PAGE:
Technology firms such as Google, Amazon, eBay and Cisco, (but not social networks like Facebook) and those running critical services, such as transport, energy, health and finance will have to report cyber-breaches, under new rules proposed by MEPs. The rules will also establish minimum standards of cybersecurity for banks, energy and water firms.
It is the first time Europe has created EU-wide rules on cybersecurity and comes in the wake of concerns that hackers could target key infrastructures such as airports and power stations.
This new law, known as The Network and Information Security Directive will mean that member states will have to co-operate more on cybersecurity, exchanging information about breaches, offering best practice and assisting member states in securing their infrastructures.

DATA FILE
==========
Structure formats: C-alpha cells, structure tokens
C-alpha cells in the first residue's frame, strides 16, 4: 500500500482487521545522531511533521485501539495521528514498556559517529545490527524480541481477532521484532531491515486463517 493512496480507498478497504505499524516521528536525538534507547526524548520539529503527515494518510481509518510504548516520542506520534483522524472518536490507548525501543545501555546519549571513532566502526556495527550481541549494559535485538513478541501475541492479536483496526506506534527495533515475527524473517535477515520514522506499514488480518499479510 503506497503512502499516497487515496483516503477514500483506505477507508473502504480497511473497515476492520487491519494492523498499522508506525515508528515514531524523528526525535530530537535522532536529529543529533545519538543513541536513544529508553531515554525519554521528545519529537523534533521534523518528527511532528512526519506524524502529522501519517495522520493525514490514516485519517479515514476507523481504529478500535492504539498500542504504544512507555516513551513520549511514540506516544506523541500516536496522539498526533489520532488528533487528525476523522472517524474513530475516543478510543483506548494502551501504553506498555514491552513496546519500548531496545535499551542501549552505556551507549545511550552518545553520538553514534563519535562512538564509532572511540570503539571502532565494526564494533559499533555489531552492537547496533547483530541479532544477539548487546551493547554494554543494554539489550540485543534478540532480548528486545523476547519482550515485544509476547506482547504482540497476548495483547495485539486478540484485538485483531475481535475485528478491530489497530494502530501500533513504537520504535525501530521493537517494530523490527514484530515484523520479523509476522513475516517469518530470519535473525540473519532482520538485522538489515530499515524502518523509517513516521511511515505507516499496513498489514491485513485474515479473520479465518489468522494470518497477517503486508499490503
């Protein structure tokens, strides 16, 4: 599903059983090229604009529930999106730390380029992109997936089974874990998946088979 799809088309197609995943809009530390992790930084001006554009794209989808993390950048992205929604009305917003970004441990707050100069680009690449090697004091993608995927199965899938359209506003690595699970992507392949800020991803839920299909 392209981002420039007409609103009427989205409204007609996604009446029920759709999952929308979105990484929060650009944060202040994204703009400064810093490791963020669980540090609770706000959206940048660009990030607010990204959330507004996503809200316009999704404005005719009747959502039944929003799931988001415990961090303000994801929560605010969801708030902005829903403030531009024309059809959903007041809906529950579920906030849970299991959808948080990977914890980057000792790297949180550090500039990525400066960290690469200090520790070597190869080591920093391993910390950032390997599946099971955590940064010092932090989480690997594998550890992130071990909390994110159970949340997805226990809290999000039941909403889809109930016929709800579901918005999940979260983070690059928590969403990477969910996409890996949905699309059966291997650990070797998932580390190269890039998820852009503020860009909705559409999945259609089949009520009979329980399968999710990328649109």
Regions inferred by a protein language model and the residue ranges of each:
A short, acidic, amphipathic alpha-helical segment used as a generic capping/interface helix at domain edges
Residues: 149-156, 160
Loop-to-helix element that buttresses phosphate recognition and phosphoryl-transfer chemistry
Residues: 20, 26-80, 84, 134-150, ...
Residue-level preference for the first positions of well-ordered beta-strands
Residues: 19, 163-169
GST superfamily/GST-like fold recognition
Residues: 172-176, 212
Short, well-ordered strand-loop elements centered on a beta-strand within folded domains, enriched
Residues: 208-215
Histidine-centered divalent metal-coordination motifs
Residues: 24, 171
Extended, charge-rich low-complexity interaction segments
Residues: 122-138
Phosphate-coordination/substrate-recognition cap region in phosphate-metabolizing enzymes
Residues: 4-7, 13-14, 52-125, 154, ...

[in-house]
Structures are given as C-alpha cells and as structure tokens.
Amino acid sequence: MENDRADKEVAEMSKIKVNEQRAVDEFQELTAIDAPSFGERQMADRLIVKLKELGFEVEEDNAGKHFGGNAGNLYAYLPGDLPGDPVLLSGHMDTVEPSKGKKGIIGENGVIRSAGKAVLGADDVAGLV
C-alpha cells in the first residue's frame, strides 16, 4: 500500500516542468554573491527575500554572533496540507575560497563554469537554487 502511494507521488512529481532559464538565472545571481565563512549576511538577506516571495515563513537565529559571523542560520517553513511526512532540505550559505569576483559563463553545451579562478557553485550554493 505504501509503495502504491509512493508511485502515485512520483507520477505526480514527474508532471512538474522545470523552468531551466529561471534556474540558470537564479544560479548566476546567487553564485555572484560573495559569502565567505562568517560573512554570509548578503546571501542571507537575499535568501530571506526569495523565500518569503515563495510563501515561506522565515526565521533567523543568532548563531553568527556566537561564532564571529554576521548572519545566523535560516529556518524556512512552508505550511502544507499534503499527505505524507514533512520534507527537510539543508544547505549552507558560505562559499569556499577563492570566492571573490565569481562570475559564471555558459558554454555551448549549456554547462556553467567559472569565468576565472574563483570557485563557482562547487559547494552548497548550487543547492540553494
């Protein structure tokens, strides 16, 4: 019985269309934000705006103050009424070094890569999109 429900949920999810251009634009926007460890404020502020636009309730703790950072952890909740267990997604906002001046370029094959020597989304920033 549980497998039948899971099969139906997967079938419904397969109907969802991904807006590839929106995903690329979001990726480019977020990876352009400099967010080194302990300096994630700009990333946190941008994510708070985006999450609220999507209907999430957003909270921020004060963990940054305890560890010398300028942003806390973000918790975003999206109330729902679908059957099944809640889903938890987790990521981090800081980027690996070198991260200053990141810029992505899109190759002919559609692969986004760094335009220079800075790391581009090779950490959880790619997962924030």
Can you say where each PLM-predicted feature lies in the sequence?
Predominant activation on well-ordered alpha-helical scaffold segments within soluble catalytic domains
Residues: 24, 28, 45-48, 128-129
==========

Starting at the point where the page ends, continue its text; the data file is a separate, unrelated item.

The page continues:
The European Commission’s digital chief, Andrus Ansip, said the new law would build up consumers’ trust in Internet services, especially cross-border services.
“The Internet knows no border – a problem in one country can have a knock-on effect in the rest of Europe. This is why we need EU-wide cyber-security solutions. This agreement is an important step in this direction.”EU proposes new